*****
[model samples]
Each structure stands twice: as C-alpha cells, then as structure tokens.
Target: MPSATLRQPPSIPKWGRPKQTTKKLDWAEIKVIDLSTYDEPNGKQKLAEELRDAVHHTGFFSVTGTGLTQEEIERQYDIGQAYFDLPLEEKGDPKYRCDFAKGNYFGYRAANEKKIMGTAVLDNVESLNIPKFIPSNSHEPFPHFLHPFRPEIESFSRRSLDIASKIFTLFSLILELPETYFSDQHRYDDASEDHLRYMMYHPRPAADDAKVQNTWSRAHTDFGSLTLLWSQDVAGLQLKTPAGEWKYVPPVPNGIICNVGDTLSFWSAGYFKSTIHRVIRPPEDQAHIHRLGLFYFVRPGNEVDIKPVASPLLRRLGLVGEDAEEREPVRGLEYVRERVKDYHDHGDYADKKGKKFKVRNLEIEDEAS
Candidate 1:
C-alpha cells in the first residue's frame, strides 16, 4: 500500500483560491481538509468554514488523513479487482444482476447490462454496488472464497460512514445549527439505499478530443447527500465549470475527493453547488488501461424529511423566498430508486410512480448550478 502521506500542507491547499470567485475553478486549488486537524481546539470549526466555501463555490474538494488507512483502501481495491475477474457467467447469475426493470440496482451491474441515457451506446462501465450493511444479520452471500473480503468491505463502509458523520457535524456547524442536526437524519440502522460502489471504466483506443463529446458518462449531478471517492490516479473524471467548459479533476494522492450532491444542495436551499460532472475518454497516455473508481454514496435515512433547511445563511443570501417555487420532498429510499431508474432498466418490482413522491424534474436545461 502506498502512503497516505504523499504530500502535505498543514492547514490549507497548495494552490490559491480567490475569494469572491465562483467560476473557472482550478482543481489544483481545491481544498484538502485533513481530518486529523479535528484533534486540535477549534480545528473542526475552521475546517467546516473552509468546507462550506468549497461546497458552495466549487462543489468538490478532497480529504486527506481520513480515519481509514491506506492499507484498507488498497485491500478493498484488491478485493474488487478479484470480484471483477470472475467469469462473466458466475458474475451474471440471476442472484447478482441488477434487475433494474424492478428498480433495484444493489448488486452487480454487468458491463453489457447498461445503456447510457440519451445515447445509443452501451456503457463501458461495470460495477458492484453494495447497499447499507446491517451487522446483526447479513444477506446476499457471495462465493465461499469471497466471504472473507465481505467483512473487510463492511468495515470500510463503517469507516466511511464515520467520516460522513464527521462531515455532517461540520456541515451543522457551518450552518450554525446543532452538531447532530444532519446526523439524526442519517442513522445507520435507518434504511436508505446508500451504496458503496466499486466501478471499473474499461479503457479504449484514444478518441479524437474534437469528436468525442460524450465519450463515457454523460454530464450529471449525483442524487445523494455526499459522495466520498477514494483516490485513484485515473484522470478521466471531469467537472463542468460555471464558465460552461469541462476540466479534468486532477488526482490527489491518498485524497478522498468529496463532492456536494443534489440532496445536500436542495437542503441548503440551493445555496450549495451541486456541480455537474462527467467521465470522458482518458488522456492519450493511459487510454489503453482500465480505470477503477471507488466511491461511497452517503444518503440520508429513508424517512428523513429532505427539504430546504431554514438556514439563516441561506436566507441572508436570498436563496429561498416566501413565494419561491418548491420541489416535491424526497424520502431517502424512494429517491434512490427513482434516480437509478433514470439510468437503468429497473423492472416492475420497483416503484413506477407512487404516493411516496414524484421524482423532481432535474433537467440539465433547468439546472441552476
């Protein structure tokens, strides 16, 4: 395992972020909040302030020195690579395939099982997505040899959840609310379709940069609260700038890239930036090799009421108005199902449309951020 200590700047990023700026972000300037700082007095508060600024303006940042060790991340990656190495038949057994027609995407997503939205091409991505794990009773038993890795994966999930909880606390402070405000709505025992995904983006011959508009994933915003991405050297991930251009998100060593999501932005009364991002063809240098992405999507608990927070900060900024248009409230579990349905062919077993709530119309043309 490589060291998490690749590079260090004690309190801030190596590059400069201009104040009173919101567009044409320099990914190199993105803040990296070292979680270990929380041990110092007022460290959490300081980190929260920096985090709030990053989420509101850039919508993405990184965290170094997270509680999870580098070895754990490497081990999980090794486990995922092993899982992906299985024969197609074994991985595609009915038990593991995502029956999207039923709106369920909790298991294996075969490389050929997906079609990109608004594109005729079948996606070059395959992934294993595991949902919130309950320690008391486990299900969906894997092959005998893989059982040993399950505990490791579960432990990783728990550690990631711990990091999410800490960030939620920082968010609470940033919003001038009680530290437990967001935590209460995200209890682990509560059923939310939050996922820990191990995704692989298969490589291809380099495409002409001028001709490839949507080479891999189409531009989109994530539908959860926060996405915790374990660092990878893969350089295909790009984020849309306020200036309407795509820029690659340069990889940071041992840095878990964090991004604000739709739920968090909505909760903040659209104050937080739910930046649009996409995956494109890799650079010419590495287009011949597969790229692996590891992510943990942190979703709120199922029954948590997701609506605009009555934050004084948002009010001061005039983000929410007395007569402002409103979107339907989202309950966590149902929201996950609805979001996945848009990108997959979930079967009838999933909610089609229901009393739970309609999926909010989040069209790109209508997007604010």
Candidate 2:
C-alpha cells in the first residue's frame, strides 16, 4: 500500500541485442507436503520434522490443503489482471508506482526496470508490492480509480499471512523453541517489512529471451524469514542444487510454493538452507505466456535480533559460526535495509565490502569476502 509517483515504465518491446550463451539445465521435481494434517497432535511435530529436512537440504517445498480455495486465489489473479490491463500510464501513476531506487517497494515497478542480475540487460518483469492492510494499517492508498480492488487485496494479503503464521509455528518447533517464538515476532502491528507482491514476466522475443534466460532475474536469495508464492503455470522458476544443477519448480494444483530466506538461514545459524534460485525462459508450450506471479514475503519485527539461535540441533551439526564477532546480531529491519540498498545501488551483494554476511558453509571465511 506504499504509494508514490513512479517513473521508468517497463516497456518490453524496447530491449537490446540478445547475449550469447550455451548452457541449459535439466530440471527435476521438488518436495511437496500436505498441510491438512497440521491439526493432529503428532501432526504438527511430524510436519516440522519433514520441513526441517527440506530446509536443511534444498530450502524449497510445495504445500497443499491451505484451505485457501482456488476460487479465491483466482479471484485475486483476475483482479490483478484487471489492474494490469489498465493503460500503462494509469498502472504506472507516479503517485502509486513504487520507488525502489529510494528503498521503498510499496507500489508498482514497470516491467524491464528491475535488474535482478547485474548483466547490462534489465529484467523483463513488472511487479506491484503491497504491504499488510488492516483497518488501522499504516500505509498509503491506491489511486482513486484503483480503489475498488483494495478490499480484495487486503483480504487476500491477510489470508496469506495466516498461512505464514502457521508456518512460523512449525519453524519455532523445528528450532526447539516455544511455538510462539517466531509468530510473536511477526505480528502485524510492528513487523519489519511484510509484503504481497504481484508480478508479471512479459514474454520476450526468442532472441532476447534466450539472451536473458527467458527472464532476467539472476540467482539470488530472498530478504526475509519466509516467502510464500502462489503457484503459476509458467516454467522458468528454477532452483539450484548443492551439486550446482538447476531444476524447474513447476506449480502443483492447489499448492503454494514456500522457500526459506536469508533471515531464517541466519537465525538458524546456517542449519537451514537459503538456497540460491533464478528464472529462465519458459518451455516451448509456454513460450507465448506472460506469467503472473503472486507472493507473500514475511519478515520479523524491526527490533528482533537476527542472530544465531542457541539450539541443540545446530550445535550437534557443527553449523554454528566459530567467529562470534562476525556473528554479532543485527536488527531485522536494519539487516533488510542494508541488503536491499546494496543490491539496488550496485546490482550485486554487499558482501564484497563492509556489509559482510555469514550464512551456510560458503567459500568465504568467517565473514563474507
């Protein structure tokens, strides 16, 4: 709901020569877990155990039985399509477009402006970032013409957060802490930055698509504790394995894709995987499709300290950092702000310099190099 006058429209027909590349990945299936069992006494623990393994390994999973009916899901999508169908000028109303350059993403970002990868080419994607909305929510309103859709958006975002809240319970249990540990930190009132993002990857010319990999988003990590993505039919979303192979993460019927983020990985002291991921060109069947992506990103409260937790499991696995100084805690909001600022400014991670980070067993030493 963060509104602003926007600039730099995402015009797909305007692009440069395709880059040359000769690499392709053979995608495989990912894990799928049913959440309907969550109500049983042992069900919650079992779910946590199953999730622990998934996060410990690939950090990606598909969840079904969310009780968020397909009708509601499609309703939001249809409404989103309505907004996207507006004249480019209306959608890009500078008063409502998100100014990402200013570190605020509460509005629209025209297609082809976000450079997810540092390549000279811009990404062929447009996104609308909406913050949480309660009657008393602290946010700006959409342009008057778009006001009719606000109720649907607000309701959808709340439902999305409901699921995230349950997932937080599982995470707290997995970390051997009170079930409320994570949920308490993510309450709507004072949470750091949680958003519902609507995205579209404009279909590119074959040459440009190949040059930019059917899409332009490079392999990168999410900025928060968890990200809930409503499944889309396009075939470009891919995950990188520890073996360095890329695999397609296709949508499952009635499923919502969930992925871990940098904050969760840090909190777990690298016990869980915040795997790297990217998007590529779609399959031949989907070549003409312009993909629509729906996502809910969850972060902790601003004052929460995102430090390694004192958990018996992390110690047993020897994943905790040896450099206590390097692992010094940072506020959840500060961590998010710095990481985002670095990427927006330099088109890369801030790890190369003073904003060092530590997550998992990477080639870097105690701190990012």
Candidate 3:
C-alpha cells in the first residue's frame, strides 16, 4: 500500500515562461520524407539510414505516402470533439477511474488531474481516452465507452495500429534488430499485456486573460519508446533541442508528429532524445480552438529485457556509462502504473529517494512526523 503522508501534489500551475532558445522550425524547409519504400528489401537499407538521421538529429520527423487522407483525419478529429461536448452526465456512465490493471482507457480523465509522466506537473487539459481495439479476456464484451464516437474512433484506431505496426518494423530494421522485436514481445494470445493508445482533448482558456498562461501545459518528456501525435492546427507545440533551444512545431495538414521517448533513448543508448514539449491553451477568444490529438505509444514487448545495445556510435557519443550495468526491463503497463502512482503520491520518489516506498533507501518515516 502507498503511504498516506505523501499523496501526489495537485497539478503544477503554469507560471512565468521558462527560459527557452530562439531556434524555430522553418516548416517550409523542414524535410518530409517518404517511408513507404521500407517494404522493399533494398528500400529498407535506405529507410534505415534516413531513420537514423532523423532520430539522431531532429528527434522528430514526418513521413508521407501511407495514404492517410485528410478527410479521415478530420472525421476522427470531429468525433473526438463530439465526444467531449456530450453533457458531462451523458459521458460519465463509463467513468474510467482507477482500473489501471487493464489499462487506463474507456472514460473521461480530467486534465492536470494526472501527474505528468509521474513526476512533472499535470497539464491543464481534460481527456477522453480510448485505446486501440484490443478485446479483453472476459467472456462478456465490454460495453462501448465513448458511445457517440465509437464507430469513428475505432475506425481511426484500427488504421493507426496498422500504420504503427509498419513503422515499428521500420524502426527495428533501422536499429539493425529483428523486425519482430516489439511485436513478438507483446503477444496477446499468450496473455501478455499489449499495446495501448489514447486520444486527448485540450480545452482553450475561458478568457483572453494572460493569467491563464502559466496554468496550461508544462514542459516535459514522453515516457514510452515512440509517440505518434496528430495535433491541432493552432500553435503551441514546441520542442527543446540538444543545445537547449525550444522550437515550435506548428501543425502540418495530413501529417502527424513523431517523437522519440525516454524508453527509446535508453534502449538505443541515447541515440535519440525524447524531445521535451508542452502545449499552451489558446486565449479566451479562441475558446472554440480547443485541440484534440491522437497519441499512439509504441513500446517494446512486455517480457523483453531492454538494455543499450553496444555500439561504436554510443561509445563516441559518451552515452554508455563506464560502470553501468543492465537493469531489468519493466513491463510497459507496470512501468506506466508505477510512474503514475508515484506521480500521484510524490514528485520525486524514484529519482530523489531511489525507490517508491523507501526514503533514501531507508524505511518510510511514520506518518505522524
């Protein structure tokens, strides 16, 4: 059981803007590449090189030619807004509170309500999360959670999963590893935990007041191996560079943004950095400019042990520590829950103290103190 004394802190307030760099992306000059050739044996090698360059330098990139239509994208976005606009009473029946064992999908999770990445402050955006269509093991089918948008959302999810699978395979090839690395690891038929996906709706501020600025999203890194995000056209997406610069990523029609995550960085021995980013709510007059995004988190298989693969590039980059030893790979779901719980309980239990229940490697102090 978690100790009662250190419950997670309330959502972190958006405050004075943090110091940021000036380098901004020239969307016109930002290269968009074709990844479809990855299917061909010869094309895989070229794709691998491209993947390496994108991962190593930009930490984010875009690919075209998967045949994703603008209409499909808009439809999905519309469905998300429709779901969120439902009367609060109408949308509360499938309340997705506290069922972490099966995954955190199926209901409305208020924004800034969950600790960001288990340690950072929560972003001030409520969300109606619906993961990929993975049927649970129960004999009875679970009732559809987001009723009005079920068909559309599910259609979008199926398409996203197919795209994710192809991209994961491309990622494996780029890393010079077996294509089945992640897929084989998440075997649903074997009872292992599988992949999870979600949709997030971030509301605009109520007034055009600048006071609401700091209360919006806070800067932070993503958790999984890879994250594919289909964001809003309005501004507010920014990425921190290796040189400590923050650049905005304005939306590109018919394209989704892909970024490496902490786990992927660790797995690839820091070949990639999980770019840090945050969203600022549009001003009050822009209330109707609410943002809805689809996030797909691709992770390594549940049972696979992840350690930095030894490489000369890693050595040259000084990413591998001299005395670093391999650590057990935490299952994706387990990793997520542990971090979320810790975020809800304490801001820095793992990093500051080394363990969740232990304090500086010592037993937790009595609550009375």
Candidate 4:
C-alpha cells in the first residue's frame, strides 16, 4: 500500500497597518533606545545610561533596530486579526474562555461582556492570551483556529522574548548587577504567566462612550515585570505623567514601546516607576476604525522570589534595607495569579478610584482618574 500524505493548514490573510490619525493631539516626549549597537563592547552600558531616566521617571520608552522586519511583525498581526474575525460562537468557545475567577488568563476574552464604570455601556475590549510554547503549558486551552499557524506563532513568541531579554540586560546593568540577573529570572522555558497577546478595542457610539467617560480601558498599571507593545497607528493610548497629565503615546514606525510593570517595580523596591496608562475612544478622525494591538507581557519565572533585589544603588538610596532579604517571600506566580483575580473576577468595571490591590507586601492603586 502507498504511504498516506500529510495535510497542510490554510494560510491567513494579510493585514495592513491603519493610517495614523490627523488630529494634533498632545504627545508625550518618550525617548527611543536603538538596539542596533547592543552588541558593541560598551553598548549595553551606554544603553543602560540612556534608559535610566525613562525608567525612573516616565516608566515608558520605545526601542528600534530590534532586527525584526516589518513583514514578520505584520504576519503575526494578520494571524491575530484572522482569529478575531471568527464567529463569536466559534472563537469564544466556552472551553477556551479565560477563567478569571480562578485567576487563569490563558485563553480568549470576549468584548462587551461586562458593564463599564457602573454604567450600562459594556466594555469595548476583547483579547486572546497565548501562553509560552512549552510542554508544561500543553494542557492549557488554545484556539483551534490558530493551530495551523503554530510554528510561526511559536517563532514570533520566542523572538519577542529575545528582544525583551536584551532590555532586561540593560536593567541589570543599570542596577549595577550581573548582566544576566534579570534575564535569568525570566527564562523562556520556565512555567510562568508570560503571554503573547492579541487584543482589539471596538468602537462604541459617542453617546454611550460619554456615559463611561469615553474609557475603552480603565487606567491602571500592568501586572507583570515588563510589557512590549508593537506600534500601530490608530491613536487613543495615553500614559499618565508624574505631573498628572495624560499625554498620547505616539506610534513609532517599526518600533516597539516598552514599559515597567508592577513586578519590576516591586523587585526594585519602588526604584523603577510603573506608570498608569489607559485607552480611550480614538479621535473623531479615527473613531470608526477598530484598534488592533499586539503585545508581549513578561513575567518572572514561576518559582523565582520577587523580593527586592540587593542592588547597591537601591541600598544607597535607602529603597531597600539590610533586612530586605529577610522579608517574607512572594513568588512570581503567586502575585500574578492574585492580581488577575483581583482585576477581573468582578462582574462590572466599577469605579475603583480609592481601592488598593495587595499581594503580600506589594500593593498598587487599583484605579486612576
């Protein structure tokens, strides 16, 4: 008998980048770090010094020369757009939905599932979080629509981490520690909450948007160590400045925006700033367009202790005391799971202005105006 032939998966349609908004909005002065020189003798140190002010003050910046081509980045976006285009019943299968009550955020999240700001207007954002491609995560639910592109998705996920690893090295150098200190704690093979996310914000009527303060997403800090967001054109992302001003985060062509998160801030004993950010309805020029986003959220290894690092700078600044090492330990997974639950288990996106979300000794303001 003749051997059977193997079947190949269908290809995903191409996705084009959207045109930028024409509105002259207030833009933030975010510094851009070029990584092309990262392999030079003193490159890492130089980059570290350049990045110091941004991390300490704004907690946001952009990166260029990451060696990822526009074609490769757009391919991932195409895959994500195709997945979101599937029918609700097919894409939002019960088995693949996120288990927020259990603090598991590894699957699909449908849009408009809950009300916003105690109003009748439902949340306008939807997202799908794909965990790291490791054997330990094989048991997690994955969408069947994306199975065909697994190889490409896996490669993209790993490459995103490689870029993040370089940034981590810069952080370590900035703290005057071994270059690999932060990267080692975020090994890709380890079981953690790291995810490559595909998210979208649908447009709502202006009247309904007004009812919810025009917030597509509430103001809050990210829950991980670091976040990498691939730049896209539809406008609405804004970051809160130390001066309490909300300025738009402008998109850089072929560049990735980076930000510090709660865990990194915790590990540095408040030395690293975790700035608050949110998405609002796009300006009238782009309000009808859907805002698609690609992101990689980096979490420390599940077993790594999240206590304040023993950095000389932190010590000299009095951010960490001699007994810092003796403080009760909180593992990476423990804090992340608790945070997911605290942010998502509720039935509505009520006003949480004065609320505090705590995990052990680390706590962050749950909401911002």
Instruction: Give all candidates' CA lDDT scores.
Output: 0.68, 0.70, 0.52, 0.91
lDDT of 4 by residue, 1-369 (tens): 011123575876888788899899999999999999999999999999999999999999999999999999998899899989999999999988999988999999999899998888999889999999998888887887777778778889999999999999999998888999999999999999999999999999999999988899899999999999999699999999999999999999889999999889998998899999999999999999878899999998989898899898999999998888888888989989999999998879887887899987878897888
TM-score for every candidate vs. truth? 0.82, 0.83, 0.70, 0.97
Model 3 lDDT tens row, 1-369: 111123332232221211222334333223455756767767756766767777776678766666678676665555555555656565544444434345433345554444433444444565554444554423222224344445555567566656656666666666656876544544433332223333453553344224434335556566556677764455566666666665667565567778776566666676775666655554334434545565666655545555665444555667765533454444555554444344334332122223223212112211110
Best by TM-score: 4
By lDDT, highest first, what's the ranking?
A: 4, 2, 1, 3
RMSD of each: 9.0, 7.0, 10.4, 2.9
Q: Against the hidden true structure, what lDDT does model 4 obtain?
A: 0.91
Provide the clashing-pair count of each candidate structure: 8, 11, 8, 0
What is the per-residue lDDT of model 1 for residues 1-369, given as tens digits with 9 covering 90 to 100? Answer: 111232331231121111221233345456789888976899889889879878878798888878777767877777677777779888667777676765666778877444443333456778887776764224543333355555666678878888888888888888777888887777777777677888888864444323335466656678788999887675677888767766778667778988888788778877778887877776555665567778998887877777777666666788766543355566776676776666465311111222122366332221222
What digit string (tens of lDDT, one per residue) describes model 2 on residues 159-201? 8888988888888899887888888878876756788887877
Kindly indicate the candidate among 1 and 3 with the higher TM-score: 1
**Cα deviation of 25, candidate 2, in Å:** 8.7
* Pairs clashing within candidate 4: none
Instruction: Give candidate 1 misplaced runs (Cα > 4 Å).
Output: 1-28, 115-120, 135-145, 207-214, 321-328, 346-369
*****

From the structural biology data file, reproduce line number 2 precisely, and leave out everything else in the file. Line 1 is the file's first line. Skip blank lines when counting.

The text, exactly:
Each structure stands twice: as C-alpha cells, then as structure tokens.